Wednesday, February 26, 2014


A man approached Socrates one day to share some gossip. The wise philosopher asked, 'First, are you certain it's true? Second, is it something good? Third, is it something useful?' When the man said, 'Not really,' Socrates replied, 'Well, if it's not true, good or useful, why talk about it?' Gossip can feel like a form of intimacy, but it's actually a false bond motivated by the desire to diminish another person and make yourself look good.

There's WAY too much gossip in the hospital. Much is not useful. But some can be. How do we know?

The following questions can help you decide if it's useful talk:

Are you telling someone who can do something about the problem by helping, or offering discipline or correction?

Are you talking to someone wise enough to help you process your feelings and courageous enough to make you do the right thing by confronting the other person, or confessing where you're at fault?

Is this news approved for sharing?

Are you breaking a confidence, and if so, is it strictly because the person is endangering someone's life, including their own?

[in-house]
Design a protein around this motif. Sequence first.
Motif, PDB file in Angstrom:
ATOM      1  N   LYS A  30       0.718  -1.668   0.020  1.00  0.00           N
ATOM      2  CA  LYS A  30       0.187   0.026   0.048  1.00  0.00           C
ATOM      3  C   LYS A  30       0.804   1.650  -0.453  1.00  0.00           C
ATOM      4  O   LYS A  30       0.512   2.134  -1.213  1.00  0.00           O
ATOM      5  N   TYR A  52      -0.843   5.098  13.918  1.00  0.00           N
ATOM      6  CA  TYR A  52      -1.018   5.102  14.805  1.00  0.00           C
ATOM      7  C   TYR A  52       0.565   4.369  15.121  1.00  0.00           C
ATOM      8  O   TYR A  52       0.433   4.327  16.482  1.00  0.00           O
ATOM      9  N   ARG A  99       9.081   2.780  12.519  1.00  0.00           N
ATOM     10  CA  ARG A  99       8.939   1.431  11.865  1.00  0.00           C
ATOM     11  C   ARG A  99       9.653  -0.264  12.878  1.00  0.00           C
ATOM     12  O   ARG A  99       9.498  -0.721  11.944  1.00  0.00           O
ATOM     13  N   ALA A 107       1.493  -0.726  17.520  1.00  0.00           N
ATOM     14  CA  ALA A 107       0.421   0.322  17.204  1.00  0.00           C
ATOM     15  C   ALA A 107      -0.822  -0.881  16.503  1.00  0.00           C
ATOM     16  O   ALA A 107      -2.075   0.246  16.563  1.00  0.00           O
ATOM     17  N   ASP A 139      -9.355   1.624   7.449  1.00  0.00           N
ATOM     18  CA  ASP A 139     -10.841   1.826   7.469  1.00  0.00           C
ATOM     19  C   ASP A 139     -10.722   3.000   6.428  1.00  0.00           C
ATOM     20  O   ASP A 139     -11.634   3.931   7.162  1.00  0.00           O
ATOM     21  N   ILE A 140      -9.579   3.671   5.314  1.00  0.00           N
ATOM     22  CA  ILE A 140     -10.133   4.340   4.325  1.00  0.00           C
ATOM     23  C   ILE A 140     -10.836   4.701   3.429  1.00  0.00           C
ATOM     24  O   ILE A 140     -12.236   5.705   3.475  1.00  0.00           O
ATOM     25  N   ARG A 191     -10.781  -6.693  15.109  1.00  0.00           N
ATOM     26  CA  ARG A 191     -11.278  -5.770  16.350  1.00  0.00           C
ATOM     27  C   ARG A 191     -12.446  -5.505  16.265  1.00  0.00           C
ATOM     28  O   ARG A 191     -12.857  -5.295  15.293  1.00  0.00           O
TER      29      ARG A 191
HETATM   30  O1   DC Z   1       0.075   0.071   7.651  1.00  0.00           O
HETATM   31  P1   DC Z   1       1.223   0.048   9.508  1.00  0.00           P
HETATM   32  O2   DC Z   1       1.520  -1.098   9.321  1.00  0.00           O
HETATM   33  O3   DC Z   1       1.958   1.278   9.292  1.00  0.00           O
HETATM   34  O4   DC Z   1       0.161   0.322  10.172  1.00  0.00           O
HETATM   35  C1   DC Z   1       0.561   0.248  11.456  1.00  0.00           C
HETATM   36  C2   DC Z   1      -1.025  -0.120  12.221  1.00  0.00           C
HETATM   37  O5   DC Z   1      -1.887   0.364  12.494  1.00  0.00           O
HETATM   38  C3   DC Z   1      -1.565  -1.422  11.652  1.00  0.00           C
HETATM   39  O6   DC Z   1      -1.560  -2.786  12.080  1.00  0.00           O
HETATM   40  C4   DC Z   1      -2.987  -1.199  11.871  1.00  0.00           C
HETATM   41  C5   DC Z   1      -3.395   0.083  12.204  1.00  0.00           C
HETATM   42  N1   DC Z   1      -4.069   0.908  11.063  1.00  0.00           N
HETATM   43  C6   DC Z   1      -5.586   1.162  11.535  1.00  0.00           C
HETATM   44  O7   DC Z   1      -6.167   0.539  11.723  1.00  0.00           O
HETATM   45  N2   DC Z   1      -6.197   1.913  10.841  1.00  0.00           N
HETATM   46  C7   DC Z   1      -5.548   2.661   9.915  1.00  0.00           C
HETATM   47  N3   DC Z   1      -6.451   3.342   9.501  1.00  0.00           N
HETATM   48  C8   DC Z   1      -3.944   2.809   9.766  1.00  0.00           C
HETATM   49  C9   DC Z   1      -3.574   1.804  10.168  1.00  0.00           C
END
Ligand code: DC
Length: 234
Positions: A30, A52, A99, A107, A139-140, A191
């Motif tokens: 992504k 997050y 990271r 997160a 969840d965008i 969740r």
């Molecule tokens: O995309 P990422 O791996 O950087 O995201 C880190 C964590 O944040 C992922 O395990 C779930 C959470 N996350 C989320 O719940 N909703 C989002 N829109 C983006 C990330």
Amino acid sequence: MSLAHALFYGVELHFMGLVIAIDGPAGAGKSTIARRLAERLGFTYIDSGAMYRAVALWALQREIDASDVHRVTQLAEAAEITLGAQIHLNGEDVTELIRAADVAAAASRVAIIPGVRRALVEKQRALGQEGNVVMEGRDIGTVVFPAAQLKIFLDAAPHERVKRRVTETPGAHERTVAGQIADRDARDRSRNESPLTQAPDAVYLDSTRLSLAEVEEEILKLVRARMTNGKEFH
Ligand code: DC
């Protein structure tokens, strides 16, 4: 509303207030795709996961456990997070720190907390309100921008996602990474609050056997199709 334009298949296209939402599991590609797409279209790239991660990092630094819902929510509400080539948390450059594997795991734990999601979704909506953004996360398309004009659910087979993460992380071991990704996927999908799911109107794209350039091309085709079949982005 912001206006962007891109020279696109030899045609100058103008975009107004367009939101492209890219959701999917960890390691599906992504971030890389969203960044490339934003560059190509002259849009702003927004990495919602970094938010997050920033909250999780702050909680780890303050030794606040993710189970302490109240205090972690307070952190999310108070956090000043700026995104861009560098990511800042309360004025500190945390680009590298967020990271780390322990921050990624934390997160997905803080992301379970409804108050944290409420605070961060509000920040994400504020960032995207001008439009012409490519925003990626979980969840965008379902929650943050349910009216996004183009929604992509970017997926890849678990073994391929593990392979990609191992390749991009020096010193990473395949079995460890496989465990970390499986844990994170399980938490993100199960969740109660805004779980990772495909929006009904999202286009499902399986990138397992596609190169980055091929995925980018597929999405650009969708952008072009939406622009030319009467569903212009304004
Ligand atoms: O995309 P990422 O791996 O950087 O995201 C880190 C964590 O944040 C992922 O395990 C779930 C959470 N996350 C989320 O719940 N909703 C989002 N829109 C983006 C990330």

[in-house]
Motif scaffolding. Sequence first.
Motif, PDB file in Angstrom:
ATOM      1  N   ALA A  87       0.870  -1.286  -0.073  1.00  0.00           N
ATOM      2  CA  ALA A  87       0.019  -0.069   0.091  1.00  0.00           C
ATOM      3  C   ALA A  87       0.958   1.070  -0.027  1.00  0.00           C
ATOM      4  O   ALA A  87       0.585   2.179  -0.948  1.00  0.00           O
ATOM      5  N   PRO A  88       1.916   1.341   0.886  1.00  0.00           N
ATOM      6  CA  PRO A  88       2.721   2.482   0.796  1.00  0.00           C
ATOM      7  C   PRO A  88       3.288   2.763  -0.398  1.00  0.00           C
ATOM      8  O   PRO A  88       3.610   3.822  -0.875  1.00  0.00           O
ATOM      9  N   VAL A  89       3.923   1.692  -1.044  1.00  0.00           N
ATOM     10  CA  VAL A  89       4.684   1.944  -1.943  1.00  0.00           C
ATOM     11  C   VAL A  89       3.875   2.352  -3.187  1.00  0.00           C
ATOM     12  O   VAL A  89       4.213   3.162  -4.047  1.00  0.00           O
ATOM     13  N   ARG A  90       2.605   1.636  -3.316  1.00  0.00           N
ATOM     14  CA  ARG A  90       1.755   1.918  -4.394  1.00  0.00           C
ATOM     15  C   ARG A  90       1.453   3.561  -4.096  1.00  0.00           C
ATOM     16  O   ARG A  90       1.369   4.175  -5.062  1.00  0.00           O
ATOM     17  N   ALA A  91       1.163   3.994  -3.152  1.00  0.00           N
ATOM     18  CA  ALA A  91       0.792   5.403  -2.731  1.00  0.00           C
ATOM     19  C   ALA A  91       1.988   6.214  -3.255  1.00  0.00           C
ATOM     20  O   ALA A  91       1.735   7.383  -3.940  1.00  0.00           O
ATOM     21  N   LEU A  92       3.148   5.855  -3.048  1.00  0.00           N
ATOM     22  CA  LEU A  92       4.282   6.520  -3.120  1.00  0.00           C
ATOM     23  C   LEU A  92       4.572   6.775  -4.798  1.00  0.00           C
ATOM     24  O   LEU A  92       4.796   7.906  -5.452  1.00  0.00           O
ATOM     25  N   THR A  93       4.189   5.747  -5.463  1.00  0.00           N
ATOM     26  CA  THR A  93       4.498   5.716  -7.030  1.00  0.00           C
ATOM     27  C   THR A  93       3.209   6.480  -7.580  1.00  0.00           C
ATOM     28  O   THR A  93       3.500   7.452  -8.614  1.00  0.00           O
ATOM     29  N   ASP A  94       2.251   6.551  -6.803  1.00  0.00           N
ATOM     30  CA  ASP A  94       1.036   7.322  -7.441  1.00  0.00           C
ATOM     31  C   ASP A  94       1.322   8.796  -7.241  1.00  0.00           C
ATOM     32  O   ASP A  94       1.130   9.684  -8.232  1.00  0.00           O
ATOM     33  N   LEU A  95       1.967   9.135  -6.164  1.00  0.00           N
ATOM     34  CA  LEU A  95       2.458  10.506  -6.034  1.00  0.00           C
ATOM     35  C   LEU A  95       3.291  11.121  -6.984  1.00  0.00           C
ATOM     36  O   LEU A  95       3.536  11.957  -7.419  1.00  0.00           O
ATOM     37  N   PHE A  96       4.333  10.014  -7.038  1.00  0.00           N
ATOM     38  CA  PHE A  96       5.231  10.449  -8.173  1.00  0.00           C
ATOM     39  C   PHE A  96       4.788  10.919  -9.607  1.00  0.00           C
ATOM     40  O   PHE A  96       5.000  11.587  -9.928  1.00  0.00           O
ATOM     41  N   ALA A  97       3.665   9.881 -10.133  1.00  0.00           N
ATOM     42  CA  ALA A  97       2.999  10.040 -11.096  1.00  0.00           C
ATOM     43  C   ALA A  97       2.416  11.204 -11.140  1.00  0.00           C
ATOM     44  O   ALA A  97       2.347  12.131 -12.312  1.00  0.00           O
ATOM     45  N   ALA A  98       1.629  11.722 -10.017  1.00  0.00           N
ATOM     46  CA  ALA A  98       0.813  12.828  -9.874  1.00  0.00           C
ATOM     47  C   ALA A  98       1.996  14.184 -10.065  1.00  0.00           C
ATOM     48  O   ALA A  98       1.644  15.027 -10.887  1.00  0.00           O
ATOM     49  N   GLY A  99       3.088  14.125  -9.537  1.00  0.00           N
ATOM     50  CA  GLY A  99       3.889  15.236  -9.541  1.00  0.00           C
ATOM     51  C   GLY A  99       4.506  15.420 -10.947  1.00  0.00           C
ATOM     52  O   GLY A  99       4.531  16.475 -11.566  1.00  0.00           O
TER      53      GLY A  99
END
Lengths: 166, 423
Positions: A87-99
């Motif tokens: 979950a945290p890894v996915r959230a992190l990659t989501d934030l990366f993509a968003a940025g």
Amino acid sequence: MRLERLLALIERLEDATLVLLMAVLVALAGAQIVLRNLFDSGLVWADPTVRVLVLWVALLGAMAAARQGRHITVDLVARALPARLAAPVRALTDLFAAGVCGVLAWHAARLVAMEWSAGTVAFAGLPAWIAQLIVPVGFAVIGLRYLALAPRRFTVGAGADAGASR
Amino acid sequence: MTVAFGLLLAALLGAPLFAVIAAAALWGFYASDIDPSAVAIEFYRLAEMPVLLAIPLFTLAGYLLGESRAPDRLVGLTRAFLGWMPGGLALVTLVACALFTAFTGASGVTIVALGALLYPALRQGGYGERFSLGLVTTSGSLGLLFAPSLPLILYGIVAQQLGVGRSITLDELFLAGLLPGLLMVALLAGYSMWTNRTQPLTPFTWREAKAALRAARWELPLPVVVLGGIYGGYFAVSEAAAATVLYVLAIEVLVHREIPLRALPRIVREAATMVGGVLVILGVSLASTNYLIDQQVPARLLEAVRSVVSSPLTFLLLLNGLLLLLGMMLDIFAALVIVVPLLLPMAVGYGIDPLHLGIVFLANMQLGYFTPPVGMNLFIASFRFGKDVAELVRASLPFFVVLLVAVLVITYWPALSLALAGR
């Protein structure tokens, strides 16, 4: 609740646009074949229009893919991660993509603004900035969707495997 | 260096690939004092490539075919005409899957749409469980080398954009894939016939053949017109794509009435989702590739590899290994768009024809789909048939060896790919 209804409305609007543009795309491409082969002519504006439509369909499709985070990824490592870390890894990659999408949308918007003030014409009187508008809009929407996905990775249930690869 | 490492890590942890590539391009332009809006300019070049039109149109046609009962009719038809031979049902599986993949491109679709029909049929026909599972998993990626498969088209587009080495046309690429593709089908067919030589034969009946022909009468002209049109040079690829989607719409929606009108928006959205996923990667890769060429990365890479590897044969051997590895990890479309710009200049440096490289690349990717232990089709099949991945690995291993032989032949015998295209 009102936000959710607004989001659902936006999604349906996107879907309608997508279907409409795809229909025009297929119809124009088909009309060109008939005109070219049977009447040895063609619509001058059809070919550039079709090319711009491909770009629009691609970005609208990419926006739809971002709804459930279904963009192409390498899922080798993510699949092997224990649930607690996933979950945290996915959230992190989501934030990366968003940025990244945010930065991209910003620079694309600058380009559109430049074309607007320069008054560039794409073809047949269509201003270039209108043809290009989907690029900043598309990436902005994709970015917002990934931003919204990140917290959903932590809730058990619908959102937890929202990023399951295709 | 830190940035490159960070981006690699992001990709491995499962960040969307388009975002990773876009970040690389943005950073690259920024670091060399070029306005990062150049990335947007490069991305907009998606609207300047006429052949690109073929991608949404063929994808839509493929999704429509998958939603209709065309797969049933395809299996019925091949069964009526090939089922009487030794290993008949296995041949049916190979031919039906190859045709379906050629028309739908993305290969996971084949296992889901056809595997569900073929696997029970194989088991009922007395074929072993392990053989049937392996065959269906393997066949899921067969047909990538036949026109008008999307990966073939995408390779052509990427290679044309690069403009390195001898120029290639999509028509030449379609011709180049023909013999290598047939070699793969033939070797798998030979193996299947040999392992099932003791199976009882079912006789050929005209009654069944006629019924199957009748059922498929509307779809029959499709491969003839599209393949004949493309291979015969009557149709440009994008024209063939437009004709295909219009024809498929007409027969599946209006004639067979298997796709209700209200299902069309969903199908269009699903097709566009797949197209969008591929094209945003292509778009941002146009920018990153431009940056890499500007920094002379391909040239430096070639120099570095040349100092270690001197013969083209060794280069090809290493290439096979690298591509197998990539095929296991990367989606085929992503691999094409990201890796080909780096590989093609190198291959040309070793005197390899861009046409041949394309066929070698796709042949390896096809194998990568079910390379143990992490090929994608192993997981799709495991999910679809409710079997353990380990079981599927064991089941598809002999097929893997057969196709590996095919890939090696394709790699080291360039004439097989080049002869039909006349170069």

Are you willing to divulge your source so it can be checked?

When you say this, does it break your heart?

Would you be comfortable if someone was saying this about you?


Friday, February 7, 2014

Bad Behavior

Ilana Yurkiewjcz, a Harvard third-year medical student, writes eloquently about something that has bothered me in medical education for years... Bullying.

She writes about a minority of staff and clinicians across all ranks of staff who are profoundly impactful and are outright bullies.

What is interested me most is her description of those subtle "micro aggressions", subtle putdowns, shaming interactions, sarcasm, passive-aggressive and frankly bad behavior.

There was something very relieving with reading her article. It read like a summary of my resume. Beyond her frank observations is the course reality to what may be wrong, at least in part, with the educational system of physicians and other healthcare clinicians today. Sometimes I'm so ashamed to be associated with this world.